Failure to appear at small claims court?

UPDATED: May 8, 2012

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Failure to appear at small claims court?

I’m due in small claims court the day after tomorrow over a $2000 returned check but I do not have transportation. I attempted to set up a payment plan with the institution the I owe (a credit union), as was recommended by the sheriff that brought me my summons. However, they say that I have to wait until after the court date. What can I expect if I do not attend this hearing?

Asked on May 8, 2012 under Bankruptcy Law, Maine


SJZ, Member, New York Bar / FreeAdvice Contributing Attorney

Answered 10 years ago | Contributor

If you do not attend the trial, you will lose by default, or automatically; it's like a sports team forfeiting by not showing up. You can and should first ask (and document that you asked--e.g. fax or email) the opposing party to consent (or agree) to an adjournment (or delay); if they do, then call the court and let the court know (and provide whatever documentation the court wants). If they won't agree, try calling the court and asking if you can get  an adjournment without the other party's consent--if you are representing yourself and have a good reason, they may grant it.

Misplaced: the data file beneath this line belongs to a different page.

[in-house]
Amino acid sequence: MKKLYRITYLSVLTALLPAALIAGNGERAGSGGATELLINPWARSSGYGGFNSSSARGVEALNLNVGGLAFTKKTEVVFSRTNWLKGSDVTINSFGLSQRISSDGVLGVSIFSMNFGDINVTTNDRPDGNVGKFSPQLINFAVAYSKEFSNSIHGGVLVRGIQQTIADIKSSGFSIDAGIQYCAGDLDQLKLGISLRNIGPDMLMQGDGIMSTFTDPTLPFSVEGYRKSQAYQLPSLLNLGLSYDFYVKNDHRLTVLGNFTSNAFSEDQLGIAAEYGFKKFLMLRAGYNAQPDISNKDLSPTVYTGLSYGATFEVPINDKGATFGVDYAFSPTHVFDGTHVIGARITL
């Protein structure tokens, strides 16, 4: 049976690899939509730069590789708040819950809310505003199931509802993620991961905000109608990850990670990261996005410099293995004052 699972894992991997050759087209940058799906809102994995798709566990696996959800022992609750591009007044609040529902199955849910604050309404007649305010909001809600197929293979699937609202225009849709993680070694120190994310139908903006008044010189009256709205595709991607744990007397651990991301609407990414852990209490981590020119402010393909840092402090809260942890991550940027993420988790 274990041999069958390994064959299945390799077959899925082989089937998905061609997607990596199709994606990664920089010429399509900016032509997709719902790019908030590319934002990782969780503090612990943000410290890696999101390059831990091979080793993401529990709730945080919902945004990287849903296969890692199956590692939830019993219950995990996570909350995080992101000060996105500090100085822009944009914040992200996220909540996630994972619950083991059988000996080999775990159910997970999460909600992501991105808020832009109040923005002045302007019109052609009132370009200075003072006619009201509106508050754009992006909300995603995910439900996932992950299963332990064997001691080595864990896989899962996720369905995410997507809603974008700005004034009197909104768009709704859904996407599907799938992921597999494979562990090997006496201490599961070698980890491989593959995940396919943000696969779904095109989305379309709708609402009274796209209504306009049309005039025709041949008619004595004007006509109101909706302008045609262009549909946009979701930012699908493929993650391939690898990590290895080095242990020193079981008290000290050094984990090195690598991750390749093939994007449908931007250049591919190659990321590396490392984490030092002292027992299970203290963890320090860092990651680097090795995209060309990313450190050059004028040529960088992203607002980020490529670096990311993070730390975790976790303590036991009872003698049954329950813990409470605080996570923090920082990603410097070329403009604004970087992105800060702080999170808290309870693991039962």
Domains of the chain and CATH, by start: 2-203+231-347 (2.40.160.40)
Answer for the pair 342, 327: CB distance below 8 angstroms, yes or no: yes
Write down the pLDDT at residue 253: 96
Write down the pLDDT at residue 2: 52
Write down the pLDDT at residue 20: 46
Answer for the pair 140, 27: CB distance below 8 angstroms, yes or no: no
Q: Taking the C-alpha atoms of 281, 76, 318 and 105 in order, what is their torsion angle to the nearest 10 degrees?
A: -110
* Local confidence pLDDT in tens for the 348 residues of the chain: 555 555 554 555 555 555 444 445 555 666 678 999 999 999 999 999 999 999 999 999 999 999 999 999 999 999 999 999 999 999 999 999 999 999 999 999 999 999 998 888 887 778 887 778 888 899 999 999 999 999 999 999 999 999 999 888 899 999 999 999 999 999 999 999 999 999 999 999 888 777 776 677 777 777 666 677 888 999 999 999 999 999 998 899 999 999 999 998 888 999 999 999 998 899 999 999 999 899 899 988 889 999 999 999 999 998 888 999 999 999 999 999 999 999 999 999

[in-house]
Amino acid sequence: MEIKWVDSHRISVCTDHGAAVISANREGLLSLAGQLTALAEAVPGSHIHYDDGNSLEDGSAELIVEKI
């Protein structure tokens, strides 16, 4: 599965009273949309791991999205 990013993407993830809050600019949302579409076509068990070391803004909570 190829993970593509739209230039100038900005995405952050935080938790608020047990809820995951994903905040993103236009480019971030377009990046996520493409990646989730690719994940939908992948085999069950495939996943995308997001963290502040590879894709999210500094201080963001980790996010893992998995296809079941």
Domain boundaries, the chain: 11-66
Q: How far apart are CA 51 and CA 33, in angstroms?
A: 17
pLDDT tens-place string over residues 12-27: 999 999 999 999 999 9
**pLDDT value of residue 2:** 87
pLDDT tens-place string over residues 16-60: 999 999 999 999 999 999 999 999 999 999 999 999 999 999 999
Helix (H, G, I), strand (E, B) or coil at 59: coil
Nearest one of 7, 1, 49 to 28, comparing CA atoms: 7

If you can't get an adjourment, show up--even if you have to take a cab, rent a car, etc. Again, if you do not, you will lose automatically and the other side will have a judgment against you for the full amount. If you don't pay and they don't want to work something out, they could then try to garnish your wages, to levy on (or take money out of) a bank account, to execute on (or  have seized and sold) personal property, like vehicles or a big-screen TV, or to put a lien on real estate.

IMPORTANT NOTICE: The Answer(s) provided above are for general information only. The attorney providing the answer was not serving as the attorney for the person submitting the question or in any attorney-client relationship with such person. Laws may vary from state to state, and sometimes change. Tiny variations in the facts, or a fact not set forth in a question, often can change a legal outcome or an attorney's conclusion. Although has verified the attorney was admitted to practice law in at least one jurisdiction, he or she may not be authorized to practice law in the jurisdiction referred to in the question, nor is he or she necessarily experienced in the area of the law involved. Unlike the information in the Answer(s) above, upon which you should NOT rely, for personal advice you can rely upon we suggest you retain an attorney to represent you.

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